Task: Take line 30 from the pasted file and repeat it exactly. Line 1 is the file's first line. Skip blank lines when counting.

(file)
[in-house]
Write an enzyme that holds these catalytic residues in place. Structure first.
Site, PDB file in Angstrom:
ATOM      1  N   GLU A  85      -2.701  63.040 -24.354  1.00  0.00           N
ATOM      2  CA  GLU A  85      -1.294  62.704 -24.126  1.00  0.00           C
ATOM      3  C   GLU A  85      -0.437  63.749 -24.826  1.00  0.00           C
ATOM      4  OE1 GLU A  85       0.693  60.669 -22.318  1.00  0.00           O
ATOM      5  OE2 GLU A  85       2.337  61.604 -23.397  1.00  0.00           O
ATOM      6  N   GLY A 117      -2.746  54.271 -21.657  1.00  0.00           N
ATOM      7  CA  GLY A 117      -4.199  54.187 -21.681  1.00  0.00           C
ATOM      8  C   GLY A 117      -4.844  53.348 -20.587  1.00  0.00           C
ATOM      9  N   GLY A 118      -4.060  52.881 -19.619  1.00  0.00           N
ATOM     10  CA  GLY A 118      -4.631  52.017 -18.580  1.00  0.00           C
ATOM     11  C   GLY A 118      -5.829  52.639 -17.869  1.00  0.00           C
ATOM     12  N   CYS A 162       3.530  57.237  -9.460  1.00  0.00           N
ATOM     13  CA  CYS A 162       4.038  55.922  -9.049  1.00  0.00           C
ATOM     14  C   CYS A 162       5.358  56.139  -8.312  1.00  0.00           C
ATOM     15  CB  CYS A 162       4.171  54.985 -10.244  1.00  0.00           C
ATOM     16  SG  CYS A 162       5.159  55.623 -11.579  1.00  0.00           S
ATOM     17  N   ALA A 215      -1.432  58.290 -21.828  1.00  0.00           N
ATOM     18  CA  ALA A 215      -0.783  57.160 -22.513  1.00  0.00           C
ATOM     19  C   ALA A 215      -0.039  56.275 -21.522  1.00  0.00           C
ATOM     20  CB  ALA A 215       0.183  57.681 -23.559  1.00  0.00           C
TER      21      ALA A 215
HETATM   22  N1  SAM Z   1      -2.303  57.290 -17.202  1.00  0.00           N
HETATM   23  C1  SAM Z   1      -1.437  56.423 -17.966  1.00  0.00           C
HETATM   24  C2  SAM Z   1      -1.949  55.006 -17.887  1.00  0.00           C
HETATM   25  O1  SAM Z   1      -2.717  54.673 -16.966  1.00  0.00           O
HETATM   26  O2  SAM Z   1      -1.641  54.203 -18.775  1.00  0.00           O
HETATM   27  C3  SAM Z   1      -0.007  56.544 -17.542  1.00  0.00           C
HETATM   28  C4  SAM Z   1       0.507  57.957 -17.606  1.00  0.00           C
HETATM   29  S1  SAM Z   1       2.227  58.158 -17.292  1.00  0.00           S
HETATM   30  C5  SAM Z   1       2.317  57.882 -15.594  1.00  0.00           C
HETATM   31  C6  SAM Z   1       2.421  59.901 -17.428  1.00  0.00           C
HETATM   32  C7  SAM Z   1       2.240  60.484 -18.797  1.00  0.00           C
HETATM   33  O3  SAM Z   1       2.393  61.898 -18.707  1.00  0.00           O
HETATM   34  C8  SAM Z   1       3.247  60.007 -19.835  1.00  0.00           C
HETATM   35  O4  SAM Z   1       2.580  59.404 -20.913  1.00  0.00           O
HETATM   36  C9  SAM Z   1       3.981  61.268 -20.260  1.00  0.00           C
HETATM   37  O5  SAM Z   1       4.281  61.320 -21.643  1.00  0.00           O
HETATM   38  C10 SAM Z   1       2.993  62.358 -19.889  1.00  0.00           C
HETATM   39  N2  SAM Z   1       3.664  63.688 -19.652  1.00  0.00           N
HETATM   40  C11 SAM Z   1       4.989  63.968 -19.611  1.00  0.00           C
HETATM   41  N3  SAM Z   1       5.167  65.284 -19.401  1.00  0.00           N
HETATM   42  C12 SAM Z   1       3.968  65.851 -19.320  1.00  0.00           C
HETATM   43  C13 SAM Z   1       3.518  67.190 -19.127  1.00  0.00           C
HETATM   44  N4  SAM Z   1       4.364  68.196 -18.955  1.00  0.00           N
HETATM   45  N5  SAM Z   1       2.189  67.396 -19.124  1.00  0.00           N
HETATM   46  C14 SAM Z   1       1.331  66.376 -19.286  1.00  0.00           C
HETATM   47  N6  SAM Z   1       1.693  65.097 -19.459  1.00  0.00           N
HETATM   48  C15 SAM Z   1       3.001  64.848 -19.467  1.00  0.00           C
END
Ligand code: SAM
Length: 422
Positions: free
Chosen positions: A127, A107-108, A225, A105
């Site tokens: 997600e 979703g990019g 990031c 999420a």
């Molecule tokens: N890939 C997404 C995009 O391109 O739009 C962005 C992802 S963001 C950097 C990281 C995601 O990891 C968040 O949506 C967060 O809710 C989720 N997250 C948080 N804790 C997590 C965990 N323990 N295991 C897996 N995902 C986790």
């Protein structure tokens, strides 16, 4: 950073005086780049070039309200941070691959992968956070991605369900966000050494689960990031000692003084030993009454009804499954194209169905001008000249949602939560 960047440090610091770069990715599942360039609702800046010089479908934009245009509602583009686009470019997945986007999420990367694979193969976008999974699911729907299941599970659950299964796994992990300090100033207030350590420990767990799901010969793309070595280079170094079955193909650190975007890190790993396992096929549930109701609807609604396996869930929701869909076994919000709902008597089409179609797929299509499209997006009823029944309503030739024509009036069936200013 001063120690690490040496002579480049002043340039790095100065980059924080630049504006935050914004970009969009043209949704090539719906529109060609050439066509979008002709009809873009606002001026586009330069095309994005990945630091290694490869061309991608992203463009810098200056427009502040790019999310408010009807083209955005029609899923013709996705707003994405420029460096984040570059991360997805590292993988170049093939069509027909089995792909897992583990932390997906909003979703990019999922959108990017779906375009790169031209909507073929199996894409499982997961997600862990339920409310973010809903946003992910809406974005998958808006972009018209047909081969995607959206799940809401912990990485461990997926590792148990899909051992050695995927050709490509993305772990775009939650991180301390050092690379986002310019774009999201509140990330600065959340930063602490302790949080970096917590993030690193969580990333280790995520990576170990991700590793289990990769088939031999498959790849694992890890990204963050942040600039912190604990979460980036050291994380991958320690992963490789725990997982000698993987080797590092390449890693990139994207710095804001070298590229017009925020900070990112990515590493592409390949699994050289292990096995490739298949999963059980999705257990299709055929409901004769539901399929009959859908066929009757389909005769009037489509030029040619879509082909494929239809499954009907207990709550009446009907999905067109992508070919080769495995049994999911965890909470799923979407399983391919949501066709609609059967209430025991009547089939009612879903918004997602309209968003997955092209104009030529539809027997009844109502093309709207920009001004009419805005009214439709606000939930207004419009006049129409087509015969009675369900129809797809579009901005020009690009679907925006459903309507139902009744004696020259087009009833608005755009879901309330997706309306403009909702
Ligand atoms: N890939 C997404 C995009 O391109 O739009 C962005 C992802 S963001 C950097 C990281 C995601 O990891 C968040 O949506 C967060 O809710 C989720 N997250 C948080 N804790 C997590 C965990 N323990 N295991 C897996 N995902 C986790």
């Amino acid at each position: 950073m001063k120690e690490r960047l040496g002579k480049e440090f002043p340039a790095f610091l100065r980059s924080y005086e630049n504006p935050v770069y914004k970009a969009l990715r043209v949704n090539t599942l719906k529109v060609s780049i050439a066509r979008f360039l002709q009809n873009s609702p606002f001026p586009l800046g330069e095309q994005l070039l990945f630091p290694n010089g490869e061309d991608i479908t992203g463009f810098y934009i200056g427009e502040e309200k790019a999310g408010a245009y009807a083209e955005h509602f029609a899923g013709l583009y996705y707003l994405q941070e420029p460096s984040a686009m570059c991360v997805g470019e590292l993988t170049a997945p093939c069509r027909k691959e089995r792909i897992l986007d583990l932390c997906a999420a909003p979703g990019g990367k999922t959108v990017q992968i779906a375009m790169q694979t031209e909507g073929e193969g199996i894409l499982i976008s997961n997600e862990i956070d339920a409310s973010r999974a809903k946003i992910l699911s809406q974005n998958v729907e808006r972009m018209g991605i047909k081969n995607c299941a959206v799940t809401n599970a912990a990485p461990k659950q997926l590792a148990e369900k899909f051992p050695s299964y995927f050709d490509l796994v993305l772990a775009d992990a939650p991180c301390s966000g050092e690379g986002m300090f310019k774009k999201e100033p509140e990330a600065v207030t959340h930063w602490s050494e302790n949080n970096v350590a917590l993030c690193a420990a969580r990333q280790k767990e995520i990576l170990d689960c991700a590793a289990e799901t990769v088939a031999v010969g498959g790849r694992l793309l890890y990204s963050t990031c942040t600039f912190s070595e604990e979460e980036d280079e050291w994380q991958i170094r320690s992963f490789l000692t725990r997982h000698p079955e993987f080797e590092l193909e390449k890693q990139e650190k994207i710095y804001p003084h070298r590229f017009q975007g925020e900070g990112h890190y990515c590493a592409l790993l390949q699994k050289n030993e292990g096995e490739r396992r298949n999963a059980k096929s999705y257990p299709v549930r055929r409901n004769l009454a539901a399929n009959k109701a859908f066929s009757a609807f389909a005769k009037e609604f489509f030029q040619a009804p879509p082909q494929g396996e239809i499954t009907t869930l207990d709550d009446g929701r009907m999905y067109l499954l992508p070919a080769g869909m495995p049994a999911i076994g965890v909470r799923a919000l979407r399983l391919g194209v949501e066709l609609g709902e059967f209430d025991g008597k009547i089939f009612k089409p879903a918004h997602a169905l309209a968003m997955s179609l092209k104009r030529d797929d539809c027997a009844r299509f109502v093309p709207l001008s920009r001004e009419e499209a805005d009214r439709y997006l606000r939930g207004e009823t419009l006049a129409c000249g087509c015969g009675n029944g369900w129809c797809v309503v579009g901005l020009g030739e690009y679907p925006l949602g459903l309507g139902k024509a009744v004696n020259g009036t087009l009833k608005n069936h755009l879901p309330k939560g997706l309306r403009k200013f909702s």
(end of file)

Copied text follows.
HETATM   27  C3  SAM Z   1      -0.007  56.544 -17.542  1.00  0.00           C